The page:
Friday was hard for me, more than I expected. Sitting in the library, I felt aimless, no roots, no direction, just floating in limbo. I spent the day in deep grief and sadness about leaving my home and my friends of over 3 years, wondering what I’m heading towards and being fearful about not knowing. I cried with Free and he held me. I blamed him for picking me up late at the library and dragging me around town to run errands, and he held me. I cried and talked about my fears and he just gave me the space to be scared, giving me his love and reminding me about hope and faith.

Then on Saturday, I borrowed the car and ran some errands around town. I started a bank account. I stopped by the library to check my email. I sang in the car about how the earth is my home. I’m not rootless, I’m rooted in the earth and the global community.

As I walked down the street towards the library, this time unencumbered with bags, I felt my independence and my interdependence merging. I smiled at people I passed on the street, and they smiled back. This is my mandate for myself on this piece of the journey. Trust myself, and trust other people. Remember my independence, my capacity to create what I want, and my strength, and at the same time remember my connection with others, my responsibility to the people around me, and my commitment to honoring each person for who they are, even when I don’t understand them. We’re all in this together.

lots of fire!

Tomorrow is my 30th birthday — it feels pretty big, much more than any other birthday since 20, I think.  21 was no big deal because I already drank alcohol, and not much of it, so nothing really changed.   There’s something about my sense of self that changes with these decade birthdays… a shift in my perspective on who I am in the world.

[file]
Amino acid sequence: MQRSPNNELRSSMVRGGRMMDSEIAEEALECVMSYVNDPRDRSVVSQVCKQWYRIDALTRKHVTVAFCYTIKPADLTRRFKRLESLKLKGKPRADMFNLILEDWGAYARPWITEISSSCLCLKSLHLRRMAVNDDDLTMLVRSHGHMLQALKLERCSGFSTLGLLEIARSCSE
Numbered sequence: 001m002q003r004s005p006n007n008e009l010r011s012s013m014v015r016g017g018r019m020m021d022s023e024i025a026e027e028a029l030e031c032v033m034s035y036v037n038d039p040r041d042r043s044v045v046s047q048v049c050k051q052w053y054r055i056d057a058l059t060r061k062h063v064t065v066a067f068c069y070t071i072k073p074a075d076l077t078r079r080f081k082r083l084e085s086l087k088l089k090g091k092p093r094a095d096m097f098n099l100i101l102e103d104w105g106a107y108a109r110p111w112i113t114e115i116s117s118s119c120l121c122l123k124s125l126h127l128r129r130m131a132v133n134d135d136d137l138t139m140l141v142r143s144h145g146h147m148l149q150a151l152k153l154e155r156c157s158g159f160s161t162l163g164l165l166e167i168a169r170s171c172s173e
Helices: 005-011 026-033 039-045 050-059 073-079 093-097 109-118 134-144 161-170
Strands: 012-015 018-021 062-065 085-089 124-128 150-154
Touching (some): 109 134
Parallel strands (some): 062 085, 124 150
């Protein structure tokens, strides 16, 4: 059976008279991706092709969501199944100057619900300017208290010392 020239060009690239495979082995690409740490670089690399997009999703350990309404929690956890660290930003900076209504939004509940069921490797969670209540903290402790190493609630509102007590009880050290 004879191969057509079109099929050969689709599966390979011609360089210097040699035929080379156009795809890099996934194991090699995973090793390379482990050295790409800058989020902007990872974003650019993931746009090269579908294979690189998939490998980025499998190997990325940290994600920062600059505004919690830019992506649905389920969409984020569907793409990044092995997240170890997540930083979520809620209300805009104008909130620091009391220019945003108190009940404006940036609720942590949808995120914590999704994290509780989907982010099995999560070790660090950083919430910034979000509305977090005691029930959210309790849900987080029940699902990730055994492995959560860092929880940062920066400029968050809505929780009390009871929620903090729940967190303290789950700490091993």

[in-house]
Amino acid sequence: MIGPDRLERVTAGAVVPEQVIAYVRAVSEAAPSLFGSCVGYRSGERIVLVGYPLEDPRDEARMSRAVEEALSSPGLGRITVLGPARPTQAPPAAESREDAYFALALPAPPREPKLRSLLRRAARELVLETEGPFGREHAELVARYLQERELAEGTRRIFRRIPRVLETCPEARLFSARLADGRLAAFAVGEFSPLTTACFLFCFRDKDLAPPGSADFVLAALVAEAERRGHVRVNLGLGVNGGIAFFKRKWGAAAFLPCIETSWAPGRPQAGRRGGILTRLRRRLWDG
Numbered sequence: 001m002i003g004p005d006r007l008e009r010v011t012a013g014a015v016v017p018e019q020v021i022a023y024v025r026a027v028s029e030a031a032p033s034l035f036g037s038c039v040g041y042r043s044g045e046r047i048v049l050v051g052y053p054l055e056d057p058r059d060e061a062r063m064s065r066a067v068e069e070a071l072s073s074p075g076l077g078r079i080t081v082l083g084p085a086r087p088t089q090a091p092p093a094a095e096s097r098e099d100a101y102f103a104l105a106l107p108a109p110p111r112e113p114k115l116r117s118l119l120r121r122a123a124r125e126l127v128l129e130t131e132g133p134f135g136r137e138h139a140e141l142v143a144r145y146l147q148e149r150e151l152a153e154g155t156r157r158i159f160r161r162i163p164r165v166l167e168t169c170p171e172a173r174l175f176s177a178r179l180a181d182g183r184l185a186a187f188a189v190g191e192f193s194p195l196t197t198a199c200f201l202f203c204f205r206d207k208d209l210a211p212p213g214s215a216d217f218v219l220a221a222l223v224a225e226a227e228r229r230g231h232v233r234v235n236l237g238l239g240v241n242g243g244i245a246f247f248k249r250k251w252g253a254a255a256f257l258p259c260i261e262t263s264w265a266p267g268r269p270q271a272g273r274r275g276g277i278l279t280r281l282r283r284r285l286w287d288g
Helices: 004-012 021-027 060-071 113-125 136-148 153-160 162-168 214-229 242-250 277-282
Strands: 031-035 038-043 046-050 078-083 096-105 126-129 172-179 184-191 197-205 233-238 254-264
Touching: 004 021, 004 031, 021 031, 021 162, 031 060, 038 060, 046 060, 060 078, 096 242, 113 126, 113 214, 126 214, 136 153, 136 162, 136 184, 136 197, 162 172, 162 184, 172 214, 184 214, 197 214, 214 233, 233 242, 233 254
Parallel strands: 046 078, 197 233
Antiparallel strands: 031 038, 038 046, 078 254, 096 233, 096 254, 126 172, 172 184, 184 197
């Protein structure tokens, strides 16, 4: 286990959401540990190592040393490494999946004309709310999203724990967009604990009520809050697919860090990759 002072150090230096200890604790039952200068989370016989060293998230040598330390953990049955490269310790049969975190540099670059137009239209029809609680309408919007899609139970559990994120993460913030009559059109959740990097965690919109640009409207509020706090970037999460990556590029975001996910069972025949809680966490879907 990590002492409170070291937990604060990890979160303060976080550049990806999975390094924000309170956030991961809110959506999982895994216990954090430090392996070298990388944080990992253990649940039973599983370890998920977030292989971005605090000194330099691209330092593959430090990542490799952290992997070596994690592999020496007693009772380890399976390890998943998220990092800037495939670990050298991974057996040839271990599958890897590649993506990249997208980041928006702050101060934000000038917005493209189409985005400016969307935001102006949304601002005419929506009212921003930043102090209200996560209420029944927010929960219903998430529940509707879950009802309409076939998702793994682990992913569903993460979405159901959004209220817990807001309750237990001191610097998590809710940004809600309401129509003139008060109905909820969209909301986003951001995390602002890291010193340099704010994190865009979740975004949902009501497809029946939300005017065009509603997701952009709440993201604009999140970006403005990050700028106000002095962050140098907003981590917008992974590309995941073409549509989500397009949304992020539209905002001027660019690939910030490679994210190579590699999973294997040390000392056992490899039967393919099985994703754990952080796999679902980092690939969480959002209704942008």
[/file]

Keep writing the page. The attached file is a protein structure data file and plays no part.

30 feels like turning outward, after spending my 20s learning about myself and testing out my ideas and ideals.  My 20s was about experiencing and experimenting, opening up to new possibilities and pushing perceived limits… and then noticing how I felt, how other people reacted, and how I felt about other people’s reactions.  Data collection, my 20’s.

And now I have a sense of a mandate to act on the information I’ve gathered.  I know myself fairly well — I know my tendencies, my emotional and mental “gravitations”.   I know the well-worn paths and the traps that lie therein.  It’s my job now to take responsibility for all that, and navigate gracefully around the traps.

I know how to open when I’m shut down, and I know how I justify not opening up.  I know that I have a tendency to be controlling, and I know the power and the danger of that habit.  I know the things I need to do to take care of myself, and I know I enjoy life more when I do them:

  • EAT WELL– avoid wheat and sugar, and don’t skip meals
  • DRINK A LOT OF WATER — I need a beautiful water bottle that I carry everywhere, otherwise I forget to drink
  • GO TO BED EARLY — I can’t let Facebook suck me in night after night… I need to give myself a bedtime
  • WRITE IN MY JOURNAL DAILY —  I need a daily routine where I write at the same time every day (right now it’s when Aurora naps)
  • WORK WITH TAROT CARDS REGULARLY — I need to give myself over to magical experience to get out of the illusion that I’m in control here